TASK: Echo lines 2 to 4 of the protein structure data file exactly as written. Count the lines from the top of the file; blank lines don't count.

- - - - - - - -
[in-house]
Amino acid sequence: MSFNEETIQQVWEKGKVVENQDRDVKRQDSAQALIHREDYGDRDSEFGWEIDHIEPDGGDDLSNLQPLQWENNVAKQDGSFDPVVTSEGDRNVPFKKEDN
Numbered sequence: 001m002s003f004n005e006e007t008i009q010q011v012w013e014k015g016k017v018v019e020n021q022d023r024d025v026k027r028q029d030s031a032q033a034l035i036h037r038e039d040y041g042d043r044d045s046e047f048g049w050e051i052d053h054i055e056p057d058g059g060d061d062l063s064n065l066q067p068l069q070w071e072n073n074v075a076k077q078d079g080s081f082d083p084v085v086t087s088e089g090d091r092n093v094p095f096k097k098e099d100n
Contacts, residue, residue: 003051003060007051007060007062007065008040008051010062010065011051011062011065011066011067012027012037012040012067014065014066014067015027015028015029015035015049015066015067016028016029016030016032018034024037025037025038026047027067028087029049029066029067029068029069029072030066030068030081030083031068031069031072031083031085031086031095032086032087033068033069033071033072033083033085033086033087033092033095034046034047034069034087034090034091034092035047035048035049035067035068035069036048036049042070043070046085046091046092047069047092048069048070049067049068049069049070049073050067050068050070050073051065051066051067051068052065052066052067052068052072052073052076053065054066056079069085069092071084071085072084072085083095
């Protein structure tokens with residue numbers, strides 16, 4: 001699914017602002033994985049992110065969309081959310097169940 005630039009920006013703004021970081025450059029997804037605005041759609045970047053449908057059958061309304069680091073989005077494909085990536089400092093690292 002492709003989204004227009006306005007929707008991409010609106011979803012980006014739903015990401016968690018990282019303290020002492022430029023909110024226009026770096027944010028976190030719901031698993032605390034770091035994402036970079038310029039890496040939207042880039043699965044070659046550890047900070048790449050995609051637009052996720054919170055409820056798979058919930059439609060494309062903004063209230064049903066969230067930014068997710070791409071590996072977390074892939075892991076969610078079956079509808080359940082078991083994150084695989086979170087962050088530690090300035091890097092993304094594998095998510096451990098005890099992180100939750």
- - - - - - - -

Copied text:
Amino acid sequence: MSFNEETIQQVWEKGKVVENQDRDVKRQDSAQALIHREDYGDRDSEFGWEIDHIEPDGGDDLSNLQPLQWENNVAKQDGSFDPVVTSEGDRNVPFKKEDN
Numbered sequence: 001m002s003f004n005e006e007t008i009q010q011v012w013e014k015g016k017v018v019e020n021q022d023r024d025v026k027r028q029d030s031a032q033a034l035i036h037r038e039d040y041g042d043r044d045s046e047f048g049w050e051i052d053h054i055e056p057d058g059g060d061d062l063s064n065l066q067p068l069q070w071e072n073n074v075a076k077q078d079g080s081f082d083p084v085v086t087s088e089g090d091r092n093v094p095f096k097k098e099d100n
Contacts, residue, residue: 003051003060007051007060007062007065008040008051010062010065011051011062011065011066011067012027012037012040012067014065014066014067015027015028015029015035015049015066015067016028016029016030016032018034024037025037025038026047027067028087029049029066029067029068029069029072030066030068030081030083031068031069031072031083031085031086031095032086032087033068033069033071033072033083033085033086033087033092033095034046034047034069034087034090034091034092035047035048035049035067035068035069036048036049042070043070046085046091046092047069047092048069048070049067049068049069049070049073050067050068050070050073051065051066051067051068052065052066052067052068052072052073052076053065054066056079069085069092071084071085072084072085083095